Vine's Latest Additions Propel The App Back Into Prominence

With over a 100 million people watching Vines on a monthly basis, including a billion loops per day, it would have been easy for the six-second video app to keep things status quo. In the world of social media where change is the only constant, platforms must continuously adapt in order to stand out amongst the crowd – which is exactly what Vine did this August. After announcing loops in early July, which reveal the number of times a video has looped inside the app as well as embeds across the Web, Vine made another splash this summer by rolling out a plethora of much-anticipated additions to their product in an effort to stay ahead of their primary competitor, Instagram.

The Wait Is Over.

Added to Vine’s already growing repertoire is the ability to import video straight from your phone (finally!!), edit quicker and with more precision, a new torch feature ideal for low-light settings, and a built-in level to ensure optimal accuracy when creating stop-motion Vines. Looking for slow-motion video? Vine included that too for iPhone 5s users. As usual, this update is iOS-only for the time being.

Six Seconds? No Problem.

Stories have been creatively shared in six-second increments since the app’s inception 20 months ago, but these new features provide endless opportunities for brands to take their social game to a whole other level. Everyone is on (and will continue to be on) Facebook, Twitter, and Instagram, but to truly set your brand apart from the pack, the time to venture out into uncharted waters is now. Why not Vine?

Six seconds. What many felt as a restriction has now turned into an inspiration for artists all around the world.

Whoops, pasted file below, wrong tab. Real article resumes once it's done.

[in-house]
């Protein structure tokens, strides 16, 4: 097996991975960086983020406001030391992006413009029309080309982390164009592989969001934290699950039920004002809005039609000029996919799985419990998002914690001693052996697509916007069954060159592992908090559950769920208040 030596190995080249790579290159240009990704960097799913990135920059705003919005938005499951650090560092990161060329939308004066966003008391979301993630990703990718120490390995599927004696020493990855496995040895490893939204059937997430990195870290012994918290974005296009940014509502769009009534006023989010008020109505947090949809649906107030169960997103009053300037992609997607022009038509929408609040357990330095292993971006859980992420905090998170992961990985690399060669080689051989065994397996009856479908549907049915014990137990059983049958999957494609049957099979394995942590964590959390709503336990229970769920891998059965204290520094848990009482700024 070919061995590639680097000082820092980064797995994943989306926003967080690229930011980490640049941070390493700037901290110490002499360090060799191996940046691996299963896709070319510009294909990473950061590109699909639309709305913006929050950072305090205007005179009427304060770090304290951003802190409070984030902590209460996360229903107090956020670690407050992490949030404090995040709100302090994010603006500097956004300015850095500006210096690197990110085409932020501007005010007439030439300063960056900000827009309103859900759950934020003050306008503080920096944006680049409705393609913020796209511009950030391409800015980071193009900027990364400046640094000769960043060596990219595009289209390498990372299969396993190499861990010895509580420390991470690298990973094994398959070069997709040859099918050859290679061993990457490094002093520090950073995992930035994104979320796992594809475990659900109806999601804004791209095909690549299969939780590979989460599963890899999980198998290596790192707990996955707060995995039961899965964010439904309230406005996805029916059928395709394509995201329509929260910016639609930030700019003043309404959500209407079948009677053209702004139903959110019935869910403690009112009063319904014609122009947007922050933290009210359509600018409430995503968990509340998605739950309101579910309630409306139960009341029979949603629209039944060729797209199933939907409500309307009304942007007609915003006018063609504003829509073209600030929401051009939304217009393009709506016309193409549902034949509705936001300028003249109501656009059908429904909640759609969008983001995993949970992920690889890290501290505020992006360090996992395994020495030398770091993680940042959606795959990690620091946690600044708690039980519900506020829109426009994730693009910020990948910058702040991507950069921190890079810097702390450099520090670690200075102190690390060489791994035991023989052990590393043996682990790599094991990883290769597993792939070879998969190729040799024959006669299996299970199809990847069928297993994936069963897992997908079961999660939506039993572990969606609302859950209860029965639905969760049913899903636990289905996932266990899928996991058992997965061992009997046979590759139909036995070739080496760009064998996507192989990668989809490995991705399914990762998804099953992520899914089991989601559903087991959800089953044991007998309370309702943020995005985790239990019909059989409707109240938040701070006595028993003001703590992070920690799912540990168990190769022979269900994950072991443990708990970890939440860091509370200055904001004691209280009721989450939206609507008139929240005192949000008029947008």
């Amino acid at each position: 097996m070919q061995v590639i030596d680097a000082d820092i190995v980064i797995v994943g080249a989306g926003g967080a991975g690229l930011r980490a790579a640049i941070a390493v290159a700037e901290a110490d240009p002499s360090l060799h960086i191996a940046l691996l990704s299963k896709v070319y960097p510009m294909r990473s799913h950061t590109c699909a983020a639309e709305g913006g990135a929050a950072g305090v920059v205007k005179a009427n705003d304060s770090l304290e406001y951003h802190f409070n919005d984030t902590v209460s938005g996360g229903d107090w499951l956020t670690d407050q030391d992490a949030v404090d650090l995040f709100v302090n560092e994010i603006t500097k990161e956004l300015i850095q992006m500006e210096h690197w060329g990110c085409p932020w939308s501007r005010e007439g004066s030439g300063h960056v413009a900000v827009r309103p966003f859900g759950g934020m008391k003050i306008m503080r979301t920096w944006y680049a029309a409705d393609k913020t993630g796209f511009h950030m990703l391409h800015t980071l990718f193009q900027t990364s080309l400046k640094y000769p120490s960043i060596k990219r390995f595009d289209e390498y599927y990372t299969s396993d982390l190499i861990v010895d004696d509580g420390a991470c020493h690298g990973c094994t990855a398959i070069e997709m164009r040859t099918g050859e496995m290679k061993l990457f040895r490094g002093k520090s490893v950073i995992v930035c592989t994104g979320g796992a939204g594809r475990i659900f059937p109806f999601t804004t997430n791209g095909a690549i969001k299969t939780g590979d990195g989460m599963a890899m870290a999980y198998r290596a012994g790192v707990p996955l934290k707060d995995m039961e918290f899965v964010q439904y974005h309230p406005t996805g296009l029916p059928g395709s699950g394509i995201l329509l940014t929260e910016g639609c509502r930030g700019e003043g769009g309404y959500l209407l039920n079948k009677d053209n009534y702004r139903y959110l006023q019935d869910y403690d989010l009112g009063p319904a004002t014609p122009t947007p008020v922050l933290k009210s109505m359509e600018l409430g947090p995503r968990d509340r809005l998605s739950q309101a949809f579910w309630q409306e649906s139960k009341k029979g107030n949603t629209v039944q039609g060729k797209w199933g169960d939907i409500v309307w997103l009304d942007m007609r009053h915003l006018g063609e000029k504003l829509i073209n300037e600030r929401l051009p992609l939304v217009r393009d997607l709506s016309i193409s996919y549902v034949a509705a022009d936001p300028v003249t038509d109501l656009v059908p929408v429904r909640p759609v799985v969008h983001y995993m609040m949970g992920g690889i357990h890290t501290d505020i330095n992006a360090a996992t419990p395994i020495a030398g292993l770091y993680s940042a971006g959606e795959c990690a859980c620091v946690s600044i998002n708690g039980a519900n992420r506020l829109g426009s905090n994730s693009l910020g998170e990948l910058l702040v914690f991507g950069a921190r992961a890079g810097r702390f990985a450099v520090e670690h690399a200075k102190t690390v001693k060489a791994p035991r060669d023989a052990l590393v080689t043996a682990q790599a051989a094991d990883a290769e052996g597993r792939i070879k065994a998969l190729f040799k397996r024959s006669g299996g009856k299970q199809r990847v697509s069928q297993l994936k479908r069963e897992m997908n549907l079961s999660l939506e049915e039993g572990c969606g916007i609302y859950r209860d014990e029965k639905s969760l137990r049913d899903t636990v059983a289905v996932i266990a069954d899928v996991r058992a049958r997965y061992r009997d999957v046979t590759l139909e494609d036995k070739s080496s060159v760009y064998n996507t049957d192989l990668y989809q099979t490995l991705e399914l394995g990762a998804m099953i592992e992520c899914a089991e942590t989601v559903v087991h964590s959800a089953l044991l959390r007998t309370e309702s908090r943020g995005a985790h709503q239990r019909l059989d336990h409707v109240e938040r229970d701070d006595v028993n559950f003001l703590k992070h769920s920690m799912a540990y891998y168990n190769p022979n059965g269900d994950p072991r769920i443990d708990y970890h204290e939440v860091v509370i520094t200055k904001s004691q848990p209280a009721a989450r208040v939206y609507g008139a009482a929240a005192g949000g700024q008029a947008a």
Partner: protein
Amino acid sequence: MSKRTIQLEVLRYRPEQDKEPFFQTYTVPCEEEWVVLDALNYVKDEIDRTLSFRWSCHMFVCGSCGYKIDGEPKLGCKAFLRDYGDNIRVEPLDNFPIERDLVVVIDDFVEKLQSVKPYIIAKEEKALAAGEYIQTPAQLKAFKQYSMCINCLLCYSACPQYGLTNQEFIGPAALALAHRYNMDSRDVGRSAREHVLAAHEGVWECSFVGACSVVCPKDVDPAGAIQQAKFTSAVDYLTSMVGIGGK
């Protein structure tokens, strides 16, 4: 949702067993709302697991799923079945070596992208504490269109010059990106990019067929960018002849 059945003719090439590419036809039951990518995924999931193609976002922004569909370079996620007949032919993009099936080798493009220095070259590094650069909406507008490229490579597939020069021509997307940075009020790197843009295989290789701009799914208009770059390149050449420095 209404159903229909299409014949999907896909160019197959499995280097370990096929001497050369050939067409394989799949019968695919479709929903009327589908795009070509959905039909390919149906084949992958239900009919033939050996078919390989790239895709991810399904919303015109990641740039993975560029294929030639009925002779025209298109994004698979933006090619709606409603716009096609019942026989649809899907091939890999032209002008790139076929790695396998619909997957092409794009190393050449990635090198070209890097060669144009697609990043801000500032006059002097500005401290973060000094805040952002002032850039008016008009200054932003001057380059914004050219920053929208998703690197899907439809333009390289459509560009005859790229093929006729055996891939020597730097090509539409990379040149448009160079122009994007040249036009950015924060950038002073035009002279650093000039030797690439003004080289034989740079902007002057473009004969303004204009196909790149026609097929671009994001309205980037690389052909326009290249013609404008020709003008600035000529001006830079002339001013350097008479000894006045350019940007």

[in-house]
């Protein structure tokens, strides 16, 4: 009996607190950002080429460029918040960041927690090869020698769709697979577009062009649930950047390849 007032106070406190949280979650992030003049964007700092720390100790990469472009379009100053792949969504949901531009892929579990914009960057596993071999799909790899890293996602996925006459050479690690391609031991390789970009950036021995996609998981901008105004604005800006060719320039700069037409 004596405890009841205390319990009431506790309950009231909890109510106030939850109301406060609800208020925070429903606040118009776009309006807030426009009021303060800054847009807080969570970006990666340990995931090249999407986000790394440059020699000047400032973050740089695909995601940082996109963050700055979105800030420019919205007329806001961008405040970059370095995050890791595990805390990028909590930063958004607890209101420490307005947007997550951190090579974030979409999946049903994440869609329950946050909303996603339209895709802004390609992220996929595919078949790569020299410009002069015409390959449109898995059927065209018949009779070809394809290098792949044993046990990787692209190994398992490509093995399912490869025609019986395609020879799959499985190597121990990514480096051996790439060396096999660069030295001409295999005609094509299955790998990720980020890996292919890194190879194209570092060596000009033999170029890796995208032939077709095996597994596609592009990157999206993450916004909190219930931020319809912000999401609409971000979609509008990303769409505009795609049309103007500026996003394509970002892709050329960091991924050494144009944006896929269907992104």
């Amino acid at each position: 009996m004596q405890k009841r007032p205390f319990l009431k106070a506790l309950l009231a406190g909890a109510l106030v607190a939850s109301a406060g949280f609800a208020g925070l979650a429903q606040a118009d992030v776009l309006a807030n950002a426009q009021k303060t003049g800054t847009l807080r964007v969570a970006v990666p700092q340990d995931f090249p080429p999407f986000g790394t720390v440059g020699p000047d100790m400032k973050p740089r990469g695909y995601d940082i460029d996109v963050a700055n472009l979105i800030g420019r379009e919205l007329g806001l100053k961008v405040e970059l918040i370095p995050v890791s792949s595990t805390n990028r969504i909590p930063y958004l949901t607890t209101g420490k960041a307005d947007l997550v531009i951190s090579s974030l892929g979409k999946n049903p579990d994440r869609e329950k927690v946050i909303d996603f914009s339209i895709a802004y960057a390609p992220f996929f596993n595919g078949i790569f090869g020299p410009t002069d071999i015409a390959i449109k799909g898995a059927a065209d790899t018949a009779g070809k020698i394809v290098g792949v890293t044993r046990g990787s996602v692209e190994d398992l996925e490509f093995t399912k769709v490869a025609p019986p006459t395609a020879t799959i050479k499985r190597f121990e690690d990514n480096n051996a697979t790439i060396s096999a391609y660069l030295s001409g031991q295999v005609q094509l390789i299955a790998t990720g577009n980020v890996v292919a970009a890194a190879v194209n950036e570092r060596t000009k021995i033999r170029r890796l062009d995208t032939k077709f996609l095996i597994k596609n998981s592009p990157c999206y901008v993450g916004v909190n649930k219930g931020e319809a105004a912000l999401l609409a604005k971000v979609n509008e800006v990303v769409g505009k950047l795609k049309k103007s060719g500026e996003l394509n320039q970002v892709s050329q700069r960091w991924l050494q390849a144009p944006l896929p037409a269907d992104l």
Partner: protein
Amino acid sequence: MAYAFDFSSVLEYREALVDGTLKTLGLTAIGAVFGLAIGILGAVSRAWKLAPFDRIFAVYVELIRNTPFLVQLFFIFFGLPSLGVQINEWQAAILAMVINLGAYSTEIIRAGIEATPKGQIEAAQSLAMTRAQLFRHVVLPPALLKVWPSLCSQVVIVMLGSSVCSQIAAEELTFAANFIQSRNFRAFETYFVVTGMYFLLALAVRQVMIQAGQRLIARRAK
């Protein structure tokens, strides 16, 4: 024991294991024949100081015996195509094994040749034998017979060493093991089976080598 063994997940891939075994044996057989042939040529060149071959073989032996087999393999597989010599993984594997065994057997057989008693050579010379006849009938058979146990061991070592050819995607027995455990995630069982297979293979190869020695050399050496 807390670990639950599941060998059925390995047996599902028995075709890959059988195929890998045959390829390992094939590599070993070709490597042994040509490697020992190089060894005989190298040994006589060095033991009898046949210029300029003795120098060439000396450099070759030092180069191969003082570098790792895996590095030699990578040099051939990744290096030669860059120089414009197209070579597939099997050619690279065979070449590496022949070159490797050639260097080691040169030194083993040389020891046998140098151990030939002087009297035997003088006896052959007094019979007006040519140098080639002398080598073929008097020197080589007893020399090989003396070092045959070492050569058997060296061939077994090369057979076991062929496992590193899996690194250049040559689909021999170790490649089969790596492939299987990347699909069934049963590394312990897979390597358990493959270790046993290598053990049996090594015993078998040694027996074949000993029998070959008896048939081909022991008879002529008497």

“I don’t see it as a limitation,” Dylan Blau, a Vine-famous stop-motion animator, told Mashable in March. “The six-second rule forces me to think outside the box. It also gets me to be creative. The short length motivates me to try make my videos loop perfectly. Also, I don't think I would have started creating stop-motions if they had to be longer than six seconds. Each one would take way too much time.”

Vine’s time constraint has another benefit. With attention spans shrinking at a rapid pace, the onus to deliver high-quality content, in a short amount of time, is being placed at a premium. Not to mention their videos automatically play when hovered over, compared to Instagram where users must click a tiny play button in the right hand corner. Can you believe how silly that sounds? But it’s the truth. An extra click may be the difference between your video being played or getting lost amongst Instagram’s never-ending scroll.

Are you getting creative with Vine yet? Share your best videos with @sparkloft and we will feature them in our next Vine blog series.